Even after almost 80 years, The Most Dangerous Game still holds-up. The lighting, design, and cinematography all contribute to an effetively creepy mood. The performances are adequate-not stellar, but not so far over the top as to be off-putting. Highly recommended.
Finally watched this. Not as good as I expected but still a tense and enterataining thriller.
The film that started the theme of hunting humans as sport / fun. Despite the years it remains well. Better than many current ones that deal with the same topic
Shipwrecked by an unseen reef, having lost every one of his shipmates and travel companions, a world-renowned hunter turns up on the doorstep of a strangely luxurious estate and is welcomed by its perplexing, eccentric, eastern European owner. Chances are, you already know the rest of the story. This old film has been parodied and name-dropped so many times, it's virtually ubiquitous.
Already knowing the twist, it seems pantomimed from the start, and I couldn't help wondering if it was really so telegraphed or if I merely knew what to look for. The production itself is cut-rate, obviously reusing set pieces throughout the jungle, but those shortcuts seem almost quaint given its age. It's technically uncertain, too. One particularly daring long zoom, from the top of a staircase to a lingering close-up, is clunky and awkward enough to draw a laugh, but also admirably ambitious for the period. Rough, bumbling cuts and edits litter the screen, barely covering for (or, in some cases, causing) a flubbed line or weird cadence from the actors.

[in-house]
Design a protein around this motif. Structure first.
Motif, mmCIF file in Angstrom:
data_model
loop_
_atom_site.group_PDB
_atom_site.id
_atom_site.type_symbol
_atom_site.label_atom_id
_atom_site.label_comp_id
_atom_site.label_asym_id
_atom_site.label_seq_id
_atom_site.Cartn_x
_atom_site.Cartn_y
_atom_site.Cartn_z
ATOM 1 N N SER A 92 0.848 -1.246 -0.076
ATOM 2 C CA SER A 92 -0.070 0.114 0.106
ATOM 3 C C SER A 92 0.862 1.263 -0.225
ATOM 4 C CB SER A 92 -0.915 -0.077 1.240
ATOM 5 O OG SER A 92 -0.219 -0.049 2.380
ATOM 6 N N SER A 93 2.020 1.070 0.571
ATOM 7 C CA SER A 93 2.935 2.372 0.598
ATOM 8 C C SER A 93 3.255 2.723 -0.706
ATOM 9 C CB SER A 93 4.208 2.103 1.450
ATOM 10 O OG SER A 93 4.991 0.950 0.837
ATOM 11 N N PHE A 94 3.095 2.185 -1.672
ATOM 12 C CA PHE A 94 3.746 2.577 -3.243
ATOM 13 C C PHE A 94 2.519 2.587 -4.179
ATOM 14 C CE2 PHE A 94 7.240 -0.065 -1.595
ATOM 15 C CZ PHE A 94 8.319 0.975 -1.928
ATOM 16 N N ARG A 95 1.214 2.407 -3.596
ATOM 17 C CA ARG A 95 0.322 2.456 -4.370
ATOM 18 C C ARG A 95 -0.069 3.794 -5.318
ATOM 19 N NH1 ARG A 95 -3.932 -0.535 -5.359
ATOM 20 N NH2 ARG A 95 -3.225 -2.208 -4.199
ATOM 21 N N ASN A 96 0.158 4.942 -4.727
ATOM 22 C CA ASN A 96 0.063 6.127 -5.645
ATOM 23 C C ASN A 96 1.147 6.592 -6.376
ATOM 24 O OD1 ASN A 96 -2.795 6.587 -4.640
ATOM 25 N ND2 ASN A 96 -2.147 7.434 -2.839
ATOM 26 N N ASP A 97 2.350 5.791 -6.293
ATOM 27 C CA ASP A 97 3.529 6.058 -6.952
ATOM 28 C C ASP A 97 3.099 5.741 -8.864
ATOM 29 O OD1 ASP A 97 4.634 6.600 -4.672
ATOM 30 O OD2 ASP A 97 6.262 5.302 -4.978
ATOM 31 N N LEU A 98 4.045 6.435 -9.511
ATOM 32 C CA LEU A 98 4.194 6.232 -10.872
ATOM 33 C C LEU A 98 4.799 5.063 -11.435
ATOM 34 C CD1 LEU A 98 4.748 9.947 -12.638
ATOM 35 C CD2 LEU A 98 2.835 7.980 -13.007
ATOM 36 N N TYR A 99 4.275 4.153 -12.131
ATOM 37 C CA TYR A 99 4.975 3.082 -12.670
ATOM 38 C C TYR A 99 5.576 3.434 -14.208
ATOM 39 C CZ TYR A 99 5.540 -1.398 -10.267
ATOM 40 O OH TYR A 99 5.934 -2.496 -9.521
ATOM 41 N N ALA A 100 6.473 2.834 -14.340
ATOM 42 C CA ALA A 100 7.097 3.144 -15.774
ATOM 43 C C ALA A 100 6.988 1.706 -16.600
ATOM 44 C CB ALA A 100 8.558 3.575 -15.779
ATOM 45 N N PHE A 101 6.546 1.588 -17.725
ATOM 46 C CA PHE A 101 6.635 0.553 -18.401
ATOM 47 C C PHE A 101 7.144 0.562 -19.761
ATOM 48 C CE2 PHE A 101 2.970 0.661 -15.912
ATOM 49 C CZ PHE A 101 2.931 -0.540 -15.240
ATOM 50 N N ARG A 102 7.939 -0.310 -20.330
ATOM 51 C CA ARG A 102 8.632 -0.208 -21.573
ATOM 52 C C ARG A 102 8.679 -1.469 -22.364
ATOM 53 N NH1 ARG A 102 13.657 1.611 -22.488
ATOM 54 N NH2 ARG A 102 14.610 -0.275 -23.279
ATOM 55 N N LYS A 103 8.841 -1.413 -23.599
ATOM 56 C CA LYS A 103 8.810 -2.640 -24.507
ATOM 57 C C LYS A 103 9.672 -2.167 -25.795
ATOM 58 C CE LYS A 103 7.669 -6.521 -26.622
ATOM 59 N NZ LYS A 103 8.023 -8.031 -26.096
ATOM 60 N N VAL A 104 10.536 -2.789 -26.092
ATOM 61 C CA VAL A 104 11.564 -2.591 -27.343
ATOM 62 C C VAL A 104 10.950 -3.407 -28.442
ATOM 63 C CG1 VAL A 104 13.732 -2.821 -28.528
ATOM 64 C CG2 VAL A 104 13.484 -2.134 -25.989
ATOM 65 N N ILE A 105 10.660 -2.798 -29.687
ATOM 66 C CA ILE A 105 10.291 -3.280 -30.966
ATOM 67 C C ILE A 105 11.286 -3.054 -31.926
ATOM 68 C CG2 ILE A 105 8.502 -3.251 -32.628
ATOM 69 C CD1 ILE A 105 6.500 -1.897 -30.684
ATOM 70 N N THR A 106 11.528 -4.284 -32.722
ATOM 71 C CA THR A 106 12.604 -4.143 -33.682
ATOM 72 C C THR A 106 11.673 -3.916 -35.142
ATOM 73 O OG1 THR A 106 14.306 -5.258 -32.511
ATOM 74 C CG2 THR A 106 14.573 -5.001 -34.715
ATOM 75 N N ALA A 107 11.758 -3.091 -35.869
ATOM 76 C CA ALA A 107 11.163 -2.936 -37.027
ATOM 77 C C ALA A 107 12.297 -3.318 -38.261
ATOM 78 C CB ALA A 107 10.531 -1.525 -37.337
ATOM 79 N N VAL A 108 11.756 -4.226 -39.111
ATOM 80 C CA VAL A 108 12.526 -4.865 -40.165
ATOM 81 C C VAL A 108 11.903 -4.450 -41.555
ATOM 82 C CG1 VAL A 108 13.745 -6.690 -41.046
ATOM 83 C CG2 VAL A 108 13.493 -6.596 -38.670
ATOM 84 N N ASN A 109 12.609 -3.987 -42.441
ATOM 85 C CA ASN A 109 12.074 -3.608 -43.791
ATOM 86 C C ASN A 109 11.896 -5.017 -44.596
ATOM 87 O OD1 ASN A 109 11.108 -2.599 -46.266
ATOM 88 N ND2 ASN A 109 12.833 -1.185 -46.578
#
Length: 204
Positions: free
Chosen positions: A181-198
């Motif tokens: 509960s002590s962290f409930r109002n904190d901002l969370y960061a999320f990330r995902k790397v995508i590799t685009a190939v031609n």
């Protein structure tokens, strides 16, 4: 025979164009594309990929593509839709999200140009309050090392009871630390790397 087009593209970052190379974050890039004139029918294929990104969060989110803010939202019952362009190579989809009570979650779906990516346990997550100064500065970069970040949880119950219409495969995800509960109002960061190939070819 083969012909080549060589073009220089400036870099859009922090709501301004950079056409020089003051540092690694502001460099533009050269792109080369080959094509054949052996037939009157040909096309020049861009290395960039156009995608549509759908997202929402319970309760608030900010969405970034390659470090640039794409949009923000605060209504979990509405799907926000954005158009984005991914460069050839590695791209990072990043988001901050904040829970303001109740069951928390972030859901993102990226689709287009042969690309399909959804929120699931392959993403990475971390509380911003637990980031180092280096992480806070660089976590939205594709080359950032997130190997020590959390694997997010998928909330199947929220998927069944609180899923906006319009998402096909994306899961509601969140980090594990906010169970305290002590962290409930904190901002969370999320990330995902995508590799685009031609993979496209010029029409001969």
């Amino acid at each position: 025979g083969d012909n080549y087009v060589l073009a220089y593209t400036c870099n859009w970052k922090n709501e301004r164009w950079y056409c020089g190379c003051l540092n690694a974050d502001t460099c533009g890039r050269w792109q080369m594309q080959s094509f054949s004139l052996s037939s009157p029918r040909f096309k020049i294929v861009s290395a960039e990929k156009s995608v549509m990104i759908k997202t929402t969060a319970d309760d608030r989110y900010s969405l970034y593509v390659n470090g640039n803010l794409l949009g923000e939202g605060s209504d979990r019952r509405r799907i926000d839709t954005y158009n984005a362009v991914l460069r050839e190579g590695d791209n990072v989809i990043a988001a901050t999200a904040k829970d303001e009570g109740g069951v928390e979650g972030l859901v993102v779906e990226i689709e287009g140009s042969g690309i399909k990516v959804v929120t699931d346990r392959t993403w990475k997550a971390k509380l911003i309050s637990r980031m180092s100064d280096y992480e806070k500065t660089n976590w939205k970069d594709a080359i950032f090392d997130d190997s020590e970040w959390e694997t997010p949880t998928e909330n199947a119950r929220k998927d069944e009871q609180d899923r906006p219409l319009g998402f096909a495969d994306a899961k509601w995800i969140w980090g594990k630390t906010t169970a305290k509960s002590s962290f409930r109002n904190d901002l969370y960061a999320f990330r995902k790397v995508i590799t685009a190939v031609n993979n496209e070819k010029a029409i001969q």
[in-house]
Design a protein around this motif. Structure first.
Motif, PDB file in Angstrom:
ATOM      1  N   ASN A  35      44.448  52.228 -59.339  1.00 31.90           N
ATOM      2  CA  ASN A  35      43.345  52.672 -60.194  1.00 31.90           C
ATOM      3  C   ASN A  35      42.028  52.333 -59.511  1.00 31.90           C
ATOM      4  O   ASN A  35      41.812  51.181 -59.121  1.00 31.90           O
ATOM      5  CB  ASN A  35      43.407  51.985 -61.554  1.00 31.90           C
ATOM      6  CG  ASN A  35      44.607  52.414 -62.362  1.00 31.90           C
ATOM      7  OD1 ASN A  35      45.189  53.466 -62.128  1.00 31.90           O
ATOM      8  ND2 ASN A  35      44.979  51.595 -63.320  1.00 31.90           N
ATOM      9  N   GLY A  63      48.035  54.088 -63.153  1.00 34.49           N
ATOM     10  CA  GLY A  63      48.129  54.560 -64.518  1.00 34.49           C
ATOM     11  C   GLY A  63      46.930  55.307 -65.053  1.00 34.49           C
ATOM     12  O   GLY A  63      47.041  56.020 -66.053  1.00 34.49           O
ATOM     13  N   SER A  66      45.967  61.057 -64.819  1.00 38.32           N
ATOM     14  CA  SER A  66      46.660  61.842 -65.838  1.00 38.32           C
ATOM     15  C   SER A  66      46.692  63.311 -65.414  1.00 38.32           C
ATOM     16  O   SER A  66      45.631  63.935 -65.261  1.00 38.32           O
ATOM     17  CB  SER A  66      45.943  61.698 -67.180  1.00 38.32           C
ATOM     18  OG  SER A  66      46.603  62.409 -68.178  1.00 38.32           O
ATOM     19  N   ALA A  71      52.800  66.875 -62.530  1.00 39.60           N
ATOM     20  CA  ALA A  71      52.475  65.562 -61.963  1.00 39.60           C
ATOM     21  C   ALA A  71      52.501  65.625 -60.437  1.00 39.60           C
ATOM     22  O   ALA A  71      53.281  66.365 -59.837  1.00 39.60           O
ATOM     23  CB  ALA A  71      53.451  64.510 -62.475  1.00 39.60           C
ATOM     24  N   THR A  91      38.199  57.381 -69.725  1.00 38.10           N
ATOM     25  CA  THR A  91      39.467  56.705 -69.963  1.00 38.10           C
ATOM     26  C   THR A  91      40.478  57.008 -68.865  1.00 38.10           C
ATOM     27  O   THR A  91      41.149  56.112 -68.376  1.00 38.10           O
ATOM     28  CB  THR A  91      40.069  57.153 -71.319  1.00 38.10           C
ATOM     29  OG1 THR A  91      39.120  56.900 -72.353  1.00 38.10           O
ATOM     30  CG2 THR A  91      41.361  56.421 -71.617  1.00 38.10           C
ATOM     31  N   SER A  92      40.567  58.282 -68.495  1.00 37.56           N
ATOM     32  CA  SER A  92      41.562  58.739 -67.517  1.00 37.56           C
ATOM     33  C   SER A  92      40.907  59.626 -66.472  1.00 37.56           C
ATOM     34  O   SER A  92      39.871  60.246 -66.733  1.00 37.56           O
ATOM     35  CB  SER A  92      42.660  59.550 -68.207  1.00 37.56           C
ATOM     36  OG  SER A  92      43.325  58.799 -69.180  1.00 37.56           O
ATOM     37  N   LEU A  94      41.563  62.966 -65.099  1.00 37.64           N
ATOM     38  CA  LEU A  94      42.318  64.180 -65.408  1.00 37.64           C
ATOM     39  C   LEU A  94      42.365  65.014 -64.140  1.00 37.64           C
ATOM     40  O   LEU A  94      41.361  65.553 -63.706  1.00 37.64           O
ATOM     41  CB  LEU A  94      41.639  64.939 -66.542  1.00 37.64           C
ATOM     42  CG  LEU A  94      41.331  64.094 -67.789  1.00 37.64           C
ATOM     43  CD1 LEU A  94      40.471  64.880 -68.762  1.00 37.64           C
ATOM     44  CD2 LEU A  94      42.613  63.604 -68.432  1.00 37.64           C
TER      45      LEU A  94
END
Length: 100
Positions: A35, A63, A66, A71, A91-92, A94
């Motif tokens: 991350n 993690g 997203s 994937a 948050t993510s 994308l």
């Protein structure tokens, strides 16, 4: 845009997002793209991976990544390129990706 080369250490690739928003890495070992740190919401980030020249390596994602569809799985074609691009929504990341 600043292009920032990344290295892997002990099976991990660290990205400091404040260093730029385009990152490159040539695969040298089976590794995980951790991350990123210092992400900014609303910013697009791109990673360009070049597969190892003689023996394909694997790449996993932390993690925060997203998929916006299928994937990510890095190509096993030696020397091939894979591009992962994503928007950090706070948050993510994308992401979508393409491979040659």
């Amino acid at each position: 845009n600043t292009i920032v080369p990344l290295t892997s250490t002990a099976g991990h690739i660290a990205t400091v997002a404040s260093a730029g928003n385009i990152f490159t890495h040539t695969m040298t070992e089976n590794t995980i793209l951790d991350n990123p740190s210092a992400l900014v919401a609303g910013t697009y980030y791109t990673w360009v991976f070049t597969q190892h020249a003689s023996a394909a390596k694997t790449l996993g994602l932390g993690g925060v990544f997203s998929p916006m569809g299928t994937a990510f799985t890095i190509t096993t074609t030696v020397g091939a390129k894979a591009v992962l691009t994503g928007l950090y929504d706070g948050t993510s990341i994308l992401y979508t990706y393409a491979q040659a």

The plot is scrappy and short, though, straight to the point with little ballying about, and the penultimate chase through the jungle works amazingly well. More of a short story than an epic feature, it's a good way to burn an hour and appreciate how far the format has come.